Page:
By this point, Charles and Ferg gone to the studio and laid down keyboard parts to go along with the rhythm track -- along with the two-note keyboard figure that was going to replace the thin guitar notes in the intro. Charles had the idea of having that figure play underneath the verse -- we could then bring the verse rhythm track back after the solo section(s) with the figure playing under it for a nice little fade out. After listening to the rough mix of this arrangement at some ungodly hour on the weekend, it sounded to me like the fade out was the most compelling part. That little figure was actually the hook! Charles agreed. It was great to find the hook -- but it was a least partially terrifying that it had taken this long.

We had time to for one last shot before the clock ran out. Charles started furiously drafting a new verse and vocal melody to go with the new hook -- it was catchy (even catchier after Ferg added some harmony) and even included a mention of "National TV" (until the very end, it looked like the title of the album would not be reflected in any of its lyrics -- which would have broken a semi-established Gliders tradition). Once we had that tracked we still had to decide how to assemble all the song sections. Should the second solo be an outro and fade out, should we bring the verse back in after the first solo, would this be our first song to break the five minute barrier? Charles had done all he could do. He literally clutched his head in his hands in the studio and told Ferg and I that he was done and we needed to finish the song. This was an entirely sensible thing to say --- I wished I had thought of it first.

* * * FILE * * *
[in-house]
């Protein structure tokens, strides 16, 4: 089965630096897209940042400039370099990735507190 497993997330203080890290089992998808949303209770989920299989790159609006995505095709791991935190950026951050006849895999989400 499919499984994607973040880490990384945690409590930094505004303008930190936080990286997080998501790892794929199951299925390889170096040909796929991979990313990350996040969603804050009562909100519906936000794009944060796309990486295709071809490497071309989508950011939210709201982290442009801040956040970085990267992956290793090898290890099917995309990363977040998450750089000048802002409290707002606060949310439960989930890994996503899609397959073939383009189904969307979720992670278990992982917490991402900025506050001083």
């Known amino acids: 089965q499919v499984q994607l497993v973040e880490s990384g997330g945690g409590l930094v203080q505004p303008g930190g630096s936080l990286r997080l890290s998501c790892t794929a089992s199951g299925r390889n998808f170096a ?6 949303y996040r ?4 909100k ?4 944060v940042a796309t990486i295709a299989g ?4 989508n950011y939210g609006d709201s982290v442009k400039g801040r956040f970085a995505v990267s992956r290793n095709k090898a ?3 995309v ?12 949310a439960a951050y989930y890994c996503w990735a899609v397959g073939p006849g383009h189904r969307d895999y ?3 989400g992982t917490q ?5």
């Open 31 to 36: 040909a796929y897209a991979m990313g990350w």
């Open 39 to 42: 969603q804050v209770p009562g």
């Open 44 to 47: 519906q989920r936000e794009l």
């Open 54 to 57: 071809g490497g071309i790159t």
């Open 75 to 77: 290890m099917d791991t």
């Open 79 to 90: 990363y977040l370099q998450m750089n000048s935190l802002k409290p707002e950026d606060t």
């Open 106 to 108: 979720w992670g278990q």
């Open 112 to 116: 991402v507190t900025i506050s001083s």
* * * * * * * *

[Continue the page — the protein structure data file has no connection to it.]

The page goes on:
So I went home with the latest rough mix and frantically assembled and reassembled the various sections in multiple ways. I ended up trimming the post-solo verse, cutting out the long interstitial parts between the solo sections, cutting a proposed outro and fade out, and generally trying to tighten up the song from epic length to semi-epic length. (The final arrangement, it must be said, is at least as controversial within the band as the trumpets on "Married".) The last piece we needed was the intro. Now that I could see the whole shape of the song, it was easier to help craft the intro. What drew me to the song originally was an iPhone recording Charles and Ferg had made with Charles just singing alone, with his guitar, about growing older. After we had put together these sweeping, soaring parts and sections for later in the song, there was an intimacy and a directness to this approach. So Ferg recorded Charles on a iPhone singing and playing guitar -- just two notes. It was enough.

- Ben Davis